Diversity & Inclusion
DEI / POC in Tech / Roundups / Women in tech

Delaware is a top-10 state for Black women business owners

The First State ranked #6 in a Merchant Maverick list that might surprise you.

The darker the state, the higher the rate of Black woman-owned businesses. (Screenshot)

It’s not easy being a Black woman entrepreneur, from a lack of VC funding to challenges finding brick and mortar space. Funding for Black and Latina women has tripled between 2018 and 2020, according to the biennial report ProjectDiane — still, their gains are paltry compared to the amount of VC dispersed overall.

For Black woman entrepreneurs in Delaware, there’s some to be hopeful about: Small business research and ratings site Merchant Maverick has ranked the state #6 for Black women looking to start a business.

Delaware is sandwiched between North Carolina (#5) and Texas (#7). The top ranker? Missouri, which is about a far north as the list gets. The top 10 also includes Georgia, at #2, Maryland at #3, Virginia (#4), Mississippi (#8), and is rounded out by Louisiana (#10). These states mainly concentrated in the South, all have higher than average Black populations — not a big surprise, as Black communities anecdotally tend to be supportive of Black businesses.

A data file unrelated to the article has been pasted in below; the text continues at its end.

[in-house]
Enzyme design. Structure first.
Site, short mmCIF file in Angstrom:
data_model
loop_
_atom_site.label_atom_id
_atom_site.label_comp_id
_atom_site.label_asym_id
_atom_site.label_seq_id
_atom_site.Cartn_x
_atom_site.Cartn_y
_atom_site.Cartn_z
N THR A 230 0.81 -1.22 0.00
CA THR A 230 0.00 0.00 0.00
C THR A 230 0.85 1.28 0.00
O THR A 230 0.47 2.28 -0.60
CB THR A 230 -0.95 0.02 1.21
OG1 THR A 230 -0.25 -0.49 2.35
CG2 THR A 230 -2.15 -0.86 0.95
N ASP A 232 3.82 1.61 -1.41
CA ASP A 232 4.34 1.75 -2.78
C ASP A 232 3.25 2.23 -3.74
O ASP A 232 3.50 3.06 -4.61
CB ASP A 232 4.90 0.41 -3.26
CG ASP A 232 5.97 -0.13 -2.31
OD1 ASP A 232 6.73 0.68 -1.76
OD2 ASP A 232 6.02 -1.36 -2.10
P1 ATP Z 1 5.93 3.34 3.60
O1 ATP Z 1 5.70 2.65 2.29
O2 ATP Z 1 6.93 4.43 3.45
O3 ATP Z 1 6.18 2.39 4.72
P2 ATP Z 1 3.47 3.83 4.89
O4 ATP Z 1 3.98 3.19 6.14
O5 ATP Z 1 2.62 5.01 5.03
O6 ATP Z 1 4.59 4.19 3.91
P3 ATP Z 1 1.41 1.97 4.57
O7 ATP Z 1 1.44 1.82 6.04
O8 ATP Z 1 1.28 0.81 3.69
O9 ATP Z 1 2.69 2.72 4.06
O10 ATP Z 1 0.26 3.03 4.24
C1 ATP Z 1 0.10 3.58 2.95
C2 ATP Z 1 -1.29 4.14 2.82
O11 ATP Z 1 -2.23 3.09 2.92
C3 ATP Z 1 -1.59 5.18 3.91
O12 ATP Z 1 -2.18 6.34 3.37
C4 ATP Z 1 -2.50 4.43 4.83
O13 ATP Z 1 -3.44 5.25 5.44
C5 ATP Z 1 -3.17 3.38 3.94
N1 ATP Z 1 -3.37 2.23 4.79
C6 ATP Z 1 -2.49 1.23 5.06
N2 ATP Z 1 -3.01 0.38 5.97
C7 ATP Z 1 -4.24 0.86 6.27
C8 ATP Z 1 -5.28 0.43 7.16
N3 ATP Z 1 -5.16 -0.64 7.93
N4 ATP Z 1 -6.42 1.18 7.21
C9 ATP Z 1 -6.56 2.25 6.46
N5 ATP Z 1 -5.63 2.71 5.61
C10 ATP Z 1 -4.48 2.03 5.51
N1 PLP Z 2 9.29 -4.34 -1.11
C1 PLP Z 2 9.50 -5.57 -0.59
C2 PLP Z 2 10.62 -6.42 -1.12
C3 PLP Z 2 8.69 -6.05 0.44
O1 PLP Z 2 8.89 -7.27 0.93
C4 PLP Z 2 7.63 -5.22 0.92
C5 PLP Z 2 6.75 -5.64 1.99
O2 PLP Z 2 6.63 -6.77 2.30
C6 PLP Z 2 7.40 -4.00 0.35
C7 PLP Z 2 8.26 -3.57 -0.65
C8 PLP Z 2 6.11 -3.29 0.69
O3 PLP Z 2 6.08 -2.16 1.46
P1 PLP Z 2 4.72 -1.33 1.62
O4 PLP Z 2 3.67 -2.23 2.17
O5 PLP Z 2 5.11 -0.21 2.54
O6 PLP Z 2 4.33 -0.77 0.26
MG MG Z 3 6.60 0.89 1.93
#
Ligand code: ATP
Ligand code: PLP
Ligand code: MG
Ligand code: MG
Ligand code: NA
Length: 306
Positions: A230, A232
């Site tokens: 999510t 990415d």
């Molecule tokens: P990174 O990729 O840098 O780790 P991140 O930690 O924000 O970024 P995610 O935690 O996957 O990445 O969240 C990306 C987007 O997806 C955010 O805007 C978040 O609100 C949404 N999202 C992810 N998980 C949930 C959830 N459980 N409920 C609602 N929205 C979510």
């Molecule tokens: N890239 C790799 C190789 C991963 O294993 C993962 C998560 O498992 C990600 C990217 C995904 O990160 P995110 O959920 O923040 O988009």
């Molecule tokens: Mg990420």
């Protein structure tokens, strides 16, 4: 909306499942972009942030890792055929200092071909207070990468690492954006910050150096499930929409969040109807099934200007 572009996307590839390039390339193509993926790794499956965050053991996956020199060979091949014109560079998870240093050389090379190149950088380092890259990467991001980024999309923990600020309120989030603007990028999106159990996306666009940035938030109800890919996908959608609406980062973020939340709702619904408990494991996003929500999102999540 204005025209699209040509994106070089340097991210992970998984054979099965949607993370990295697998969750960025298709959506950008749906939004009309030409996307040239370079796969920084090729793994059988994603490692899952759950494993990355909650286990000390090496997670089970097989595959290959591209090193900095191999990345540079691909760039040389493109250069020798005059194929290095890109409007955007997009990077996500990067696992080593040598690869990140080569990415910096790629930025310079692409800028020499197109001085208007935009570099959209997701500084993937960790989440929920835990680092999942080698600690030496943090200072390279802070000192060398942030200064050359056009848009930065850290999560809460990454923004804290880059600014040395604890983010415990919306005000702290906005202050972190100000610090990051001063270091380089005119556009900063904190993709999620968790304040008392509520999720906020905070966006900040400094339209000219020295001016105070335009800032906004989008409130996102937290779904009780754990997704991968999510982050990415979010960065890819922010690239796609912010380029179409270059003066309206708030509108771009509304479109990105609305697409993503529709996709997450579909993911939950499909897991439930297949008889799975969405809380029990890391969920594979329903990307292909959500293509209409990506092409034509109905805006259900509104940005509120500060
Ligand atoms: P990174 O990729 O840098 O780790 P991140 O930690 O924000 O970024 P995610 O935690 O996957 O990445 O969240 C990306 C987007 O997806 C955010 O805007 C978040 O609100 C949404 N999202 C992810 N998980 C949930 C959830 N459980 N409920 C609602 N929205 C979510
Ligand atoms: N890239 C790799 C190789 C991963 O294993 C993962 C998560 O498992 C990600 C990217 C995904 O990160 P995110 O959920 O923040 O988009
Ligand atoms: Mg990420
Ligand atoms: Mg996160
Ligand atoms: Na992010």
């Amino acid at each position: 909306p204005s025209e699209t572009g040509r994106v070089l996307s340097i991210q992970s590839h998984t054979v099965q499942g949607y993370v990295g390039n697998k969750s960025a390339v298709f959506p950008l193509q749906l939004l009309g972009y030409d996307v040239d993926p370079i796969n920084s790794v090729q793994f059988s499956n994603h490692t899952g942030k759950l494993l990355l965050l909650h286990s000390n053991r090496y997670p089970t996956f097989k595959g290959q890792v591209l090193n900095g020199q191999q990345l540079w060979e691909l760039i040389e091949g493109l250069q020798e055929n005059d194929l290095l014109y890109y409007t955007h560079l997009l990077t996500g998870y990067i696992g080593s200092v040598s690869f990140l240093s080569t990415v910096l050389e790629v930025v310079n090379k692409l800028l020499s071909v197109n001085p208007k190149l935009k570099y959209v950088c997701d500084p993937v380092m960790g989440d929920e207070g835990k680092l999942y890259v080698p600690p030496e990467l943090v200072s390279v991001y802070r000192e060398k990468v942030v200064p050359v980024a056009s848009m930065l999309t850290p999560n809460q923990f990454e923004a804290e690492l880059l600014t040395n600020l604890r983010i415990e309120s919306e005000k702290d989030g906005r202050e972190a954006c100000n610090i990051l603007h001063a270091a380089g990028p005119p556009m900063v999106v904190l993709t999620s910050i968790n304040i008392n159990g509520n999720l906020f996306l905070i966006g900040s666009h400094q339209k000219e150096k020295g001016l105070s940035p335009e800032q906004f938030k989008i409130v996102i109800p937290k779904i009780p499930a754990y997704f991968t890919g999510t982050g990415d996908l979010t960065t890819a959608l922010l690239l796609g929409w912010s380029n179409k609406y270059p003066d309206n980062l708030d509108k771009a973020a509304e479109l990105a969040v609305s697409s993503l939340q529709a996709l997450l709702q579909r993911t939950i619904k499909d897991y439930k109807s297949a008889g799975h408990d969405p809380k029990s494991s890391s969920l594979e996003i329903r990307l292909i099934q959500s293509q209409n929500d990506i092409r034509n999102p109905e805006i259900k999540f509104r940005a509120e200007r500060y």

The top states also tend to have a lower cost of living than states in the Northeast and on the West Coast, which was one of the factors considered. The biggest surprise is probably Arizona at #9, with its mere 5% Black population.

Map of the Top 10 States

(Courtesy image)

Here’s the methodology Merchant Maverick used — but note, the impact of COVID-19 is not fully represented in the report:

  • Percent of employer firms led solely by Black women
  • Percent of employees at solely Black women-led firms
  • Percent of Black women self-employed in their own incorporated business
  • Average income of Black women self-employed in their own business
  • Workforce growth between 2018 and 2019
  • Cost of living
  • State income tax rates
  • Unemployment rates

The study found that in Delaware, 1.19% of Black women are self-employed in their own business, which ranks second nationally and is highest among other top 10 states. Meanwhile, 0.63% of Delaware employees are employed at Black women-led firms — which doesn’t sound like much, but it’s the sixth highest for this metric nationally. And 1.02% (ninth in the nation) of employer firms are led by Black women.

Overall, 1.41% of all businesses in the top 10 states are run by Black women, which nearly doubles the national average of 0.74%, per the report.


Knowledge is power!

Subscribe for free today and stay up to date with news and tips you need to grow your career and connect with our vibrant tech community.


How I Got Here: Det Ansinn's career as a CTO and founder taught him to prioritize the people behind the tech

WeWork approached physical space as if it were virtual — which led to the company’s downfall

Giving unused NASA tech new life

ChatGPT turns 1: Looking back on AI's breakout year

Technically Media